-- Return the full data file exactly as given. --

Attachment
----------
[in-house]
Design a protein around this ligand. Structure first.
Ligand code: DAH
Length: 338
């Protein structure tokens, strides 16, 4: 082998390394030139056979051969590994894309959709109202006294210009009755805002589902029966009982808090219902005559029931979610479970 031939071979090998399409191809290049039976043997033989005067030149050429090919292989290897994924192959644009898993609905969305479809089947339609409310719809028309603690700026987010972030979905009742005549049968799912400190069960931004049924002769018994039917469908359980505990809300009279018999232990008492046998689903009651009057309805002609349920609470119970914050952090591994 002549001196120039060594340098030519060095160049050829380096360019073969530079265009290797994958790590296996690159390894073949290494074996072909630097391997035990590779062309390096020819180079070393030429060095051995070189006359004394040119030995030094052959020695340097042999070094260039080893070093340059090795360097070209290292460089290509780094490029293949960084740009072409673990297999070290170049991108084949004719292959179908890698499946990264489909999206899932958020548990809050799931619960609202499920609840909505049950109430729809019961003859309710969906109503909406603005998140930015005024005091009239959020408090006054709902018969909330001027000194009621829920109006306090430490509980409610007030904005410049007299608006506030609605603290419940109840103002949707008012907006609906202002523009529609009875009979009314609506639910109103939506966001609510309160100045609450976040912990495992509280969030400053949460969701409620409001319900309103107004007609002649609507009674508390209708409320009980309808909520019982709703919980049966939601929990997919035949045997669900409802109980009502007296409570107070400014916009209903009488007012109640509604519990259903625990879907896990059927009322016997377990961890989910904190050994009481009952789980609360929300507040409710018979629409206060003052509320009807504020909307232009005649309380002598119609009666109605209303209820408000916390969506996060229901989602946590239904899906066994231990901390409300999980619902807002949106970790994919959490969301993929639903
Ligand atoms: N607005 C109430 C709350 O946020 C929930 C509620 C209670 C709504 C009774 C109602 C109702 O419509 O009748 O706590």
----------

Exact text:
[in-house]
Design a protein around this ligand. Structure first.
Ligand code: DAH
Length: 338
């Protein structure tokens, strides 16, 4: 082998390394030139056979051969590994894309959709109202006294210009009755805002589902029966009982808090219902005559029931979610479970 031939071979090998399409191809290049039976043997033989005067030149050429090919292989290897994924192959644009898993609905969305479809089947339609409310719809028309603690700026987010972030979905009742005549049968799912400190069960931004049924002769018994039917469908359980505990809300009279018999232990008492046998689903009651009057309805002609349920609470119970914050952090591994 002549001196120039060594340098030519060095160049050829380096360019073969530079265009290797994958790590296996690159390894073949290494074996072909630097391997035990590779062309390096020819180079070393030429060095051995070189006359004394040119030995030094052959020695340097042999070094260039080893070093340059090795360097070209290292460089290509780094490029293949960084740009072409673990297999070290170049991108084949004719292959179908890698499946990264489909999206899932958020548990809050799931619960609202499920609840909505049950109430729809019961003859309710969906109503909406603005998140930015005024005091009239959020408090006054709902018969909330001027000194009621829920109006306090430490509980409610007030904005410049007299608006506030609605603290419940109840103002949707008012907006609906202002523009529609009875009979009314609506639910109103939506966001609510309160100045609450976040912990495992509280969030400053949460969701409620409001319900309103107004007609002649609507009674508390209708409320009980309808909520019982709703919980049966939601929990997919035949045997669900409802109980009502007296409570107070400014916009209903009488007012109640509604519990259903625990879907896990059927009322016997377990961890989910904190050994009481009952789980609360929300507040409710018979629409206060003052509320009807504020909307232009005649309380002598119609009666109605209303209820408000916390969506996060229901989602946590239904899906066994231990901390409300999980619902807002949106970790994919959490969301993929639903
Ligand atoms: N607005 C109430 C709350 O946020 C929930 C509620 C209670 C709504 C009774 C109602 C109702 O419509 O009748 O706590």